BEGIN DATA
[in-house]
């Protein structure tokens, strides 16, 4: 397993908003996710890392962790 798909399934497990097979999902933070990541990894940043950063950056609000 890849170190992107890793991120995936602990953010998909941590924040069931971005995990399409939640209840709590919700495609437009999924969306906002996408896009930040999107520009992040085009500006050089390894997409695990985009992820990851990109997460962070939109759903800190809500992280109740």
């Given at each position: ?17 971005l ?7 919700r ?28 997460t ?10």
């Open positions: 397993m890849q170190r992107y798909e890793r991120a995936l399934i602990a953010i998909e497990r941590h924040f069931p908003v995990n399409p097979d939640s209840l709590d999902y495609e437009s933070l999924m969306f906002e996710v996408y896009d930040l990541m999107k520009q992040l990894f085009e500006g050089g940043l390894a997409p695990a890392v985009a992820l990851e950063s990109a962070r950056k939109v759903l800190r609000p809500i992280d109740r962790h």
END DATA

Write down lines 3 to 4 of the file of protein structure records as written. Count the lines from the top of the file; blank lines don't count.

């Given at each position: ?17 971005l ?7 919700r ?28 997460t ?10």
């Open positions: 397993m890849q170190r992107y798909e890793r991120a995936l399934i602990a953010i998909e497990r941590h924040f069931p908003v995990n399409p097979d939640s209840l709590d999902y495609e437009s933070l999924m969306f906002e996710v996408y896009d930040l990541m999107k520009q992040l990894f085009e500006g050089g940043l390894a997409p695990a890392v985009a992820l990851e950063s990109a962070r950056k939109v759903l800190r609000p809500i992280d109740r962790h």